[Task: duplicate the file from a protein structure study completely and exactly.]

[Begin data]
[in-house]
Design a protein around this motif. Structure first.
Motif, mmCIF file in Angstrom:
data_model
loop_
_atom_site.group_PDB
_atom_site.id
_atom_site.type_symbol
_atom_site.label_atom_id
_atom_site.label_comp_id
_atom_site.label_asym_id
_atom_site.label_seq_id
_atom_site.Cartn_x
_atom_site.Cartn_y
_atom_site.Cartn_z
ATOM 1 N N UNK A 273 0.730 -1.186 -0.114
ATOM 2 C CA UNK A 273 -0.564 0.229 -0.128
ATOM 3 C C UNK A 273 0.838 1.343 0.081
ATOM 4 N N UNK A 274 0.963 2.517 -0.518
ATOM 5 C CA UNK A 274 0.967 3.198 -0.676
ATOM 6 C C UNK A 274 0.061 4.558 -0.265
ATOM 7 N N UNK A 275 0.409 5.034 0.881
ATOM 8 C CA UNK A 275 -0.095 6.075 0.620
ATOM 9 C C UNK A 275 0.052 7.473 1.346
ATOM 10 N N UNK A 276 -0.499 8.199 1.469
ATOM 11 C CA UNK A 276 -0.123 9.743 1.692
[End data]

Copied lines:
[in-house]
Design a protein around this motif. Structure first.
Motif, mmCIF file in Angstrom:
data_model
loop_
_atom_site.group_PDB
_atom_site.id
_atom_site.type_symbol
_atom_site.label_atom_id
_atom_site.label_comp_id
_atom_site.label_asym_id
_atom_site.label_seq_id
_atom_site.Cartn_x
_atom_site.Cartn_y
_atom_site.Cartn_z
ATOM 1 N N UNK A 273 0.730 -1.186 -0.114
ATOM 2 C CA UNK A 273 -0.564 0.229 -0.128
ATOM 3 C C UNK A 273 0.838 1.343 0.081
ATOM 4 N N UNK A 274 0.963 2.517 -0.518
ATOM 5 C CA UNK A 274 0.967 3.198 -0.676
ATOM 6 C C UNK A 274 0.061 4.558 -0.265
ATOM 7 N N UNK A 275 0.409 5.034 0.881
ATOM 8 C CA UNK A 275 -0.095 6.075 0.620
ATOM 9 C C UNK A 275 0.052 7.473 1.346
ATOM 10 N N UNK A 276 -0.499 8.199 1.469
ATOM 11 C CA UNK A 276 -0.123 9.743 1.692